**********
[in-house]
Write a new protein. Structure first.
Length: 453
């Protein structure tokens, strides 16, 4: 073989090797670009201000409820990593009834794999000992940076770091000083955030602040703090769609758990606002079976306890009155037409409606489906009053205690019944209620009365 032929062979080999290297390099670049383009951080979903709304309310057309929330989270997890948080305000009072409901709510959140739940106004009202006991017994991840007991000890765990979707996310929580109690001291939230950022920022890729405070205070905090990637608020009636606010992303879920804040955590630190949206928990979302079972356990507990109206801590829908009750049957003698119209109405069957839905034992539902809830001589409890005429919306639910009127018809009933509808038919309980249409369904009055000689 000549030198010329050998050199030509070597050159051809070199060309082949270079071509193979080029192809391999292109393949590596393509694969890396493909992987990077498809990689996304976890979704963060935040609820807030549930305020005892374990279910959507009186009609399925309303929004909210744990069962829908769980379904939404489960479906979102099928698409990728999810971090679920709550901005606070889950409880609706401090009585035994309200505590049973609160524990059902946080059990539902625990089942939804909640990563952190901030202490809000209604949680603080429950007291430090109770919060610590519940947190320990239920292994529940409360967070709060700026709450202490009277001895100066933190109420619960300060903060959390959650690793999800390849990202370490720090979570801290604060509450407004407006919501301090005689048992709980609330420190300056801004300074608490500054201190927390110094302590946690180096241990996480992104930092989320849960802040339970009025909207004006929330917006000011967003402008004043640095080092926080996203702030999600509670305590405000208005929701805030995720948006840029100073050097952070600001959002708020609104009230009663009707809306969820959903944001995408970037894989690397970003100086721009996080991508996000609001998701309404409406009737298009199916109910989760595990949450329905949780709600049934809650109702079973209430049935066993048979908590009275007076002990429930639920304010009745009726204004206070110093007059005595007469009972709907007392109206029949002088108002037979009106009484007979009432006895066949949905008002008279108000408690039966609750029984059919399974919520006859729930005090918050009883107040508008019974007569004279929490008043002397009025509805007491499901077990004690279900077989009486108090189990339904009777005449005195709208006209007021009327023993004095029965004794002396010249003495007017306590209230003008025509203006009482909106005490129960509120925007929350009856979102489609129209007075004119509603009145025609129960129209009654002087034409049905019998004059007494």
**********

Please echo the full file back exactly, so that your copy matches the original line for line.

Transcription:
[in-house]
Write a new protein. Structure first.
Length: 453
């Protein structure tokens, strides 16, 4: 073989090797670009201000409820990593009834794999000992940076770091000083955030602040703090769609758990606002079976306890009155037409409606489906009053205690019944209620009365 032929062979080999290297390099670049383009951080979903709304309310057309929330989270997890948080305000009072409901709510959140739940106004009202006991017994991840007991000890765990979707996310929580109690001291939230950022920022890729405070205070905090990637608020009636606010992303879920804040955590630190949206928990979302079972356990507990109206801590829908009750049957003698119209109405069957839905034992539902809830001589409890005429919306639910009127018809009933509808038919309980249409369904009055000689 000549030198010329050998050199030509070597050159051809070199060309082949270079071509193979080029192809391999292109393949590596393509694969890396493909992987990077498809990689996304976890979704963060935040609820807030549930305020005892374990279910959507009186009609399925309303929004909210744990069962829908769980379904939404489960479906979102099928698409990728999810971090679920709550901005606070889950409880609706401090009585035994309200505590049973609160524990059902946080059990539902625990089942939804909640990563952190901030202490809000209604949680603080429950007291430090109770919060610590519940947190320990239920292994529940409360967070709060700026709450202490009277001895100066933190109420619960300060903060959390959650690793999800390849990202370490720090979570801290604060509450407004407006919501301090005689048992709980609330420190300056801004300074608490500054201190927390110094302590946690180096241990996480992104930092989320849960802040339970009025909207004006929330917006000011967003402008004043640095080092926080996203702030999600509670305590405000208005929701805030995720948006840029100073050097952070600001959002708020609104009230009663009707809306969820959903944001995408970037894989690397970003100086721009996080991508996000609001998701309404409406009737298009199916109910989760595990949450329905949780709600049934809650109702079973209430049935066993048979908590009275007076002990429930639920304010009745009726204004206070110093007059005595007469009972709907007392109206029949002088108002037979009106009484007979009432006895066949949905008002008279108000408690039966609750029984059919399974919520006859729930005090918050009883107040508008019974007569004279929490008043002397009025509805007491499901077990004690279900077989009486108090189990339904009777005449005195709208006209007021009327023993004095029965004794002396010249003495007017306590209230003008025509203006009482909106005490129960509120925007929350009856979102489609129209007075004119509603009145025609129960129209009654002087034409049905019998004059007494």